|Leonard Charles Brind|
| Leonard Charles Brind (my Grandad, born December 1896) was a gifted musician and secretary/ agent for Norwood Labour Party. He was the apple of his mother's eye. A cigarette smoker (roll ups), his fingers were always yellowed with nicotine. His health also suffered when he was captured by the Germans during the First World War and was placed in a Prisoner of War Camp. According to family legend he was captured in the latrines, but I think this was his joke. My guess is he was captured in our near Loos.|
See also Grandfathers' War.
35 Herne Hill Road pictured by Google Earth (screen grab taken in December 2017).
|From the records of the International Committee of the Red Cross. See https://grandeguerre.icrc.org/en/List/3389373/698/32443/|
|From the records of the International Committee of the Red Cross. See https://grandeguerre.icrc.org/en/File/Details/3389373/3/2/
See also report from Prisoner of War Camp.
Leonard Charles was awarded several medals, "For voluntary service overseas 1914-19, territorial war medal", which is inscribed "1823 Priv L C Brind 8 London R", and "Great War for Civilisation, 1914-19" "1823 Cpl L C Brind 8/London. R". These were the usual campaign medals. More telling is a silver medal inscribed: "174th Inf Bde, Scouts Race, Lance Cpl L C Brind 2/8 London. Regt." This race happened in August 1917. A second copper or bronze medal says "174th Inf. Bde Cross Country Sutton Veny 1916".
|Sutton Veny is close to Salisbury Plain in Wiltshire, an area well known as a military training ground. Nan once told me he had been stationed in Ipswich for a while. Presumably he trained in Wiltshire, went on to Ipswich and got the silver race medal in France. Appendix 5 contains part of a book about the Post Office Rifles in the First World War.|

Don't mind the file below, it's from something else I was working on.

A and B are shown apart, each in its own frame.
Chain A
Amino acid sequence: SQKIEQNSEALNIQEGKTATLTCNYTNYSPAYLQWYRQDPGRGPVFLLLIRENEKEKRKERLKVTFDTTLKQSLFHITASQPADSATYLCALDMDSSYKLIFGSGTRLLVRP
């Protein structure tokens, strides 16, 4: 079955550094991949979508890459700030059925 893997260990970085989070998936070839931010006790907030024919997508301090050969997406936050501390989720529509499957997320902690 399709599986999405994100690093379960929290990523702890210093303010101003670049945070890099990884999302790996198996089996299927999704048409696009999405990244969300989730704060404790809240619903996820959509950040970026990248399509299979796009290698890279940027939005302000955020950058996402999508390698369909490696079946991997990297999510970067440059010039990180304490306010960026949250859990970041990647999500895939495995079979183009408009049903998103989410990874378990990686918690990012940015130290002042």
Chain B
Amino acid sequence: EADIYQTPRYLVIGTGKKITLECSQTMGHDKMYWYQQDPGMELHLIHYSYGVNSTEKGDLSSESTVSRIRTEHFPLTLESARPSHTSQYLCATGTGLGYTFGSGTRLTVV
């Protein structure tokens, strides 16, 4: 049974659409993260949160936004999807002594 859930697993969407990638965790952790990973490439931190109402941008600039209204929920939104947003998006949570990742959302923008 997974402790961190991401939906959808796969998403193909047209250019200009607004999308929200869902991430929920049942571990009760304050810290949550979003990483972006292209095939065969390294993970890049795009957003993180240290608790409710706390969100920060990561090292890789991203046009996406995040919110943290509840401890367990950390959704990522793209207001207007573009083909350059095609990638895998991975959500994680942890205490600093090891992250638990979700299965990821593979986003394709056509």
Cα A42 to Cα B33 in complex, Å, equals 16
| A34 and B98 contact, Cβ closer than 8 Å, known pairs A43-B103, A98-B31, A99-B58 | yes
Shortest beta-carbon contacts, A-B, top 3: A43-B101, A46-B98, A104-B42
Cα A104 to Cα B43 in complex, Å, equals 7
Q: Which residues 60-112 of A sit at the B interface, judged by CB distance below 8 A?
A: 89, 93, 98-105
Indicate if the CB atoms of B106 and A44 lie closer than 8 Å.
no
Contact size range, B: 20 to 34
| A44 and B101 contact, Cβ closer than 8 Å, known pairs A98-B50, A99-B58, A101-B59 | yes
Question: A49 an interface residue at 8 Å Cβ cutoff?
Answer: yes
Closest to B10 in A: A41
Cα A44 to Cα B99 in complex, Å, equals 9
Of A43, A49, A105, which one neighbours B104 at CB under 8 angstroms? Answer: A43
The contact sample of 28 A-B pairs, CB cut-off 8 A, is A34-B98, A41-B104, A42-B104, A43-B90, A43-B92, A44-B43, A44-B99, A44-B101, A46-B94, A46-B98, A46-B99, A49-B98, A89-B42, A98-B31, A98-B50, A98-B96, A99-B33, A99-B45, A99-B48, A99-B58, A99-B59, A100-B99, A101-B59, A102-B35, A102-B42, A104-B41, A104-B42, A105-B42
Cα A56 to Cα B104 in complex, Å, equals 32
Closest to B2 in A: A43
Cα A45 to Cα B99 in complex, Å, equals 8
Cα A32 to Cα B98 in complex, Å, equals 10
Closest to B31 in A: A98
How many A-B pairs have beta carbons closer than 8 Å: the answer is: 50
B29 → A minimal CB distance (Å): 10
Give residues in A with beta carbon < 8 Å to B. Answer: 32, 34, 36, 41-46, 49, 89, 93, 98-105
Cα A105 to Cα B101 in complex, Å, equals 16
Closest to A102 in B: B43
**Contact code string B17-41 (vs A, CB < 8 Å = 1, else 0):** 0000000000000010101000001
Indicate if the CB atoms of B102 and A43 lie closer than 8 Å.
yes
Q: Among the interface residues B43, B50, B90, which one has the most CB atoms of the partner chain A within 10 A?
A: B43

|Main index||Appendix 5|
Probably the only photo still in existence of Leonard Charles Brind. It was evidently taken during the First World War. The locket contained pictures of Leonard and his brother Jack and was probably given to their mother. No doubt she wore it throughout the war. Prior to her death at the age of 109 nan (Hilda Brind) sometimes called my brother Christopher, Len. He evidently looks very similar.
|Grandfather's medal box contains an award for being "present on parade, Church Lad's Brigade Royal Review Lambeth Conference, June 27, 1908." This event must be recorded in the local press. The box also has a Buffaloes seal stamp (horns), a Buffaloes apron, and Buffaloes medals. The Buffs apparently used the Latin tag Nemo Mortalium Omnibus Horis Sapit (which means No man is wise at all times). Leonard Charles was invested as Primo of the Loyal Cambria Lodge (the Mother Lodge of the World) on 18th August 1924 and got an RAOB (Royal Ancient Order of Buffaloes) Council medal for "Services rendered as secretary in January 1927, presumably when he gave up the post. I think the Buffs was not as Masonic as it sounds from all this. Its main function was providing health care insurance. Victor Brind described the Buffs as a drinking society, and no doubt there is something in this. Nan and Grandfather went to a Buffaloes dance. The Buffs still exist and once when I was in South Wales I saw a Buffs badge on a car.
Leonard Charles was a Civil Servant working for the Post Office. Colleagues called him LC. Members of the family called him Len. He died of a secondary infection, spinal meningitis Nan says, in May 1937 at the age of 40, when taken to hospital for peritonitis.